Only 2.5% of those in the UK are actually Grade I, which are structures of exceptional, and often international interest. Just 5.5% are of Grade II* status, which are deemed to be particularly important buildings. Whereas most buildings (92%) are Grade II, which are of special national interest and can often be owned as homes.
These buildings demonstrate the history of the country as expressed through architectural advances, or their historical context. Take Clifton Suspension Bridge designed by Isambard Kingdom Brunel for instance, a Grade I listed structure which stands as the epitome of Britain’s industrial revolution, or Royal Festival Hall which was the first post war building to gain Grade I status, and you will see the grand scale we are talking about here.
Grade II* buildings include Battersea Power Station, Rise Hall and Coliseum Theatre, which demonstrates the diversity of the structures that are listed. With places such as Surbiton Rail Station and the BT Tower taking up third place as Grade II structures.
Unlike most people think, these buildings aren’t necessarily placed under a preservation order, which would prevent any kind of development upon the structure. It simply means that these buildings are to be celebrated for their cultural impact, and that any form of change to the building will have to be strongly considered within governmental planning guidance.
A symbol recognised globally, Battersea Power Station will at long last be redeveloped to become a new luxury hub on the south side of the river, which we are really very excited about seeing. At Hugo Carter we feel that the influence of modern technology on older buildings can be a really interesting combination. Also, where listed buildings of the past may have used materials that aren’t energy efficient, or may have been harmful to the environment, there is always scope to improve upon them with newer, more modern designs.
Tell us, what do you think? Is there a place for newer developments in traditional, listed buildings? Can modern technology help to improve already stunning structures, or will they take away from the integrity of the site?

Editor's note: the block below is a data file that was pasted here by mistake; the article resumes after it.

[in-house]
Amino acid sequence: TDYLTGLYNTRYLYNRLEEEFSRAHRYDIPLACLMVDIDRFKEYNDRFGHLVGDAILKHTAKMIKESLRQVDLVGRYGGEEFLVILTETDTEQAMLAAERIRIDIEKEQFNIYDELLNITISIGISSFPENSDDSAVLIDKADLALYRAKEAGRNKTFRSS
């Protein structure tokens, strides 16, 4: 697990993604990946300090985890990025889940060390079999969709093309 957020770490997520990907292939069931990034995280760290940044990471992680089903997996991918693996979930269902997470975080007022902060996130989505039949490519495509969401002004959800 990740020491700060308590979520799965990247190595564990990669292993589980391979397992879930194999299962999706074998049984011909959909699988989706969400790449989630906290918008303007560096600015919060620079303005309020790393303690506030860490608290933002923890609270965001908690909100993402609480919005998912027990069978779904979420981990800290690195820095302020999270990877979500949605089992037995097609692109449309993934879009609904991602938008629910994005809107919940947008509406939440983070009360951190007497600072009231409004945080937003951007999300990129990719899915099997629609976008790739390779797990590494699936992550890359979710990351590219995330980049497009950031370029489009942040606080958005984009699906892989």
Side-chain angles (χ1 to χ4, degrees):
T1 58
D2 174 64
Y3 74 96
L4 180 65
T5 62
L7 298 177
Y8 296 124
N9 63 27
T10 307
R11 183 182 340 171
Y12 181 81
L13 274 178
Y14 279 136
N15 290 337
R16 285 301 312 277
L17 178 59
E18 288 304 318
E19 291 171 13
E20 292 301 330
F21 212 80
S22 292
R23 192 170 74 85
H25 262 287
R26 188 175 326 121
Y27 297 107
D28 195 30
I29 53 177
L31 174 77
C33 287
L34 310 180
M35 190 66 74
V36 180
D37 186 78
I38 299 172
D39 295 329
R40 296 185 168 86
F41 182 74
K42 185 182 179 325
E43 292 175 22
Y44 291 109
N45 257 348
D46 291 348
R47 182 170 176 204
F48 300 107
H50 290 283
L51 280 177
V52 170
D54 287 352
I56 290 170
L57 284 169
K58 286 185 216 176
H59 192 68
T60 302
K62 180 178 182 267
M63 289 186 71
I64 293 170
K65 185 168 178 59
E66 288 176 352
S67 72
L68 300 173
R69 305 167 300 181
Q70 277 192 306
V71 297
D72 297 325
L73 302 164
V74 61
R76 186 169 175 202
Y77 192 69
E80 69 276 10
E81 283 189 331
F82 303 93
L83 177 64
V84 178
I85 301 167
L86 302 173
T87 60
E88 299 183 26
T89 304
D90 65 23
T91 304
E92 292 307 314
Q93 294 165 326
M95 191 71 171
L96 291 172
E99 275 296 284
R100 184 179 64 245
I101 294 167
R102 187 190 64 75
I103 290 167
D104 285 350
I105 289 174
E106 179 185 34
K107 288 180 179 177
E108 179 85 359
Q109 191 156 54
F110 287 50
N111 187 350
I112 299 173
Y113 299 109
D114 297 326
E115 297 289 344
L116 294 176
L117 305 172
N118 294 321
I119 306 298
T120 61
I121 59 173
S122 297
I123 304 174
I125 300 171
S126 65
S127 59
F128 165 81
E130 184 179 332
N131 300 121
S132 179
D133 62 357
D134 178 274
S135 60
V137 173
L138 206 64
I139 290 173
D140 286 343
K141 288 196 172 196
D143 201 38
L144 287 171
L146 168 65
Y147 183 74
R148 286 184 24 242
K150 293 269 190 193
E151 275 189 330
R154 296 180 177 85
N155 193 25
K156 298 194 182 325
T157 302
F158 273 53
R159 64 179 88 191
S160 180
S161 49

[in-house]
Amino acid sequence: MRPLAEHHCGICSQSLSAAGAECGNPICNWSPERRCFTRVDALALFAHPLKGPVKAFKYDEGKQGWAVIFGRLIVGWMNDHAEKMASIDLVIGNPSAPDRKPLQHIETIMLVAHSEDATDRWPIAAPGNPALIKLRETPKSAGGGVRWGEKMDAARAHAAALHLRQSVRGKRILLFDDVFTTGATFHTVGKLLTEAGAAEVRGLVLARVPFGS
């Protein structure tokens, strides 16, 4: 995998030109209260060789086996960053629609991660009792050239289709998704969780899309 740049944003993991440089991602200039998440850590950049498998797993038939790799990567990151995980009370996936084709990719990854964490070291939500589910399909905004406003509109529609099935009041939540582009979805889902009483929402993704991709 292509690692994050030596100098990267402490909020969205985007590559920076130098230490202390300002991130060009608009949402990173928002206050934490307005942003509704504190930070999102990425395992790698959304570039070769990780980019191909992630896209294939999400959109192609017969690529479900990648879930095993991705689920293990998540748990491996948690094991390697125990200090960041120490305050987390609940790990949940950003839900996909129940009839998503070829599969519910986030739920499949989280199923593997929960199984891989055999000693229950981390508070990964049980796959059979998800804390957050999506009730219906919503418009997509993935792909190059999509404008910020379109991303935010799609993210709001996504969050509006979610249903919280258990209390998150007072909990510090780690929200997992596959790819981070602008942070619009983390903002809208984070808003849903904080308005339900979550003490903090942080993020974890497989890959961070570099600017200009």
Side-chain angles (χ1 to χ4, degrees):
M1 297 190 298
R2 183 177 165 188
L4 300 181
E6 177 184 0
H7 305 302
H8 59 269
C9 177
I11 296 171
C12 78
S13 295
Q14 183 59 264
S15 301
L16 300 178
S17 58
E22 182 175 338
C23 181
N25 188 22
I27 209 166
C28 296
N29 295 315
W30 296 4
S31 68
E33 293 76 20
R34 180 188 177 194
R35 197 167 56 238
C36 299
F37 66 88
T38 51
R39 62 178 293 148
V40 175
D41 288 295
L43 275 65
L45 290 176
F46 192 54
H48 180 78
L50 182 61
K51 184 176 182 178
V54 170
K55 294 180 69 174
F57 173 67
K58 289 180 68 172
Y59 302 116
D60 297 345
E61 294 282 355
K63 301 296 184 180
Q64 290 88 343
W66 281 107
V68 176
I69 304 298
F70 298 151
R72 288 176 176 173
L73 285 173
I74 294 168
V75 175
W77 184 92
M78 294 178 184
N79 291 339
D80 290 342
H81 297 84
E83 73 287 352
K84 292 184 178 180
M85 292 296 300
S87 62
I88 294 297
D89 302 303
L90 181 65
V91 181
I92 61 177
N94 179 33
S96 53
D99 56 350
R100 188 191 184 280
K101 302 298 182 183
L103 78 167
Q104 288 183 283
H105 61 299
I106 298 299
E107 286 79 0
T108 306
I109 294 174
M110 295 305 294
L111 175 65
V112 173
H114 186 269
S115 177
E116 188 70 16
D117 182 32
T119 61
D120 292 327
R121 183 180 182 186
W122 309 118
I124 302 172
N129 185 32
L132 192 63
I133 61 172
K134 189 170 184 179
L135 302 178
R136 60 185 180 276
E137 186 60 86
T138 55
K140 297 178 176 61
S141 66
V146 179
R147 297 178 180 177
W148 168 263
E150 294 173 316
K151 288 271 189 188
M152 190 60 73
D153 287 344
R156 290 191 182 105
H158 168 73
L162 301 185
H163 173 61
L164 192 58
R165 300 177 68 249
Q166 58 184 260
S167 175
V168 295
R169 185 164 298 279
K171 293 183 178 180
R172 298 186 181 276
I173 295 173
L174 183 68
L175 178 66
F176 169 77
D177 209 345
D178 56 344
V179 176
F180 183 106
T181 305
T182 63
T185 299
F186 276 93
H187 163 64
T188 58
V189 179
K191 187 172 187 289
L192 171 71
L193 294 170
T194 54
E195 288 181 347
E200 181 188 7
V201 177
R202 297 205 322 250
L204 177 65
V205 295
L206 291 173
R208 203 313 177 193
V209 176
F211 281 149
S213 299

Image by Clanger's England
Formed in 1919, The Forestry Commission is a government department which is responsible for the protection, preservation and creation of the forestry in England and Scotland. Split into two departments, for the North and the South respectively, the Welsh Commission recently became part of Natural Resources Wales.
Set up after the First World War, the Forestry Commission was originally tasked with expanding upon depleted British forestry as a result of the war. As such they sought out a vast amount of ex-agricultural land, which was no longer in use. This meant that the Commission then became the largest landowner in the whole of Great Britain.
Over the last century the commission has moved on from just repopulating British forests and are now responsible for many facets of timber production:
The Commission plant many millions of trees, and sustainably harvest around four million tonnes from England and Scotland, each year. Totalling more than one third of domestic total production, this means that we are less dependent upon imported woods and goes some way to lowering our carbon footprint by creating low-carbon materials for the British Industry.
Though it may not seem like it, we are close to losing many British species of tree like the Horse Chestnut. With a lot of wood being imported into the UK that carry pests and disease, we are facing an epidemic of destruction throughout our forests, further exacerbated by climate change which has improved conditions for disease propagation. The Commission is rigorous in its approach to stopping this happen and inspects all imported woods at the ports in order to minimise this threat. They also work to deal with any outbreaks by containing the spread of disease through licensed tree felling.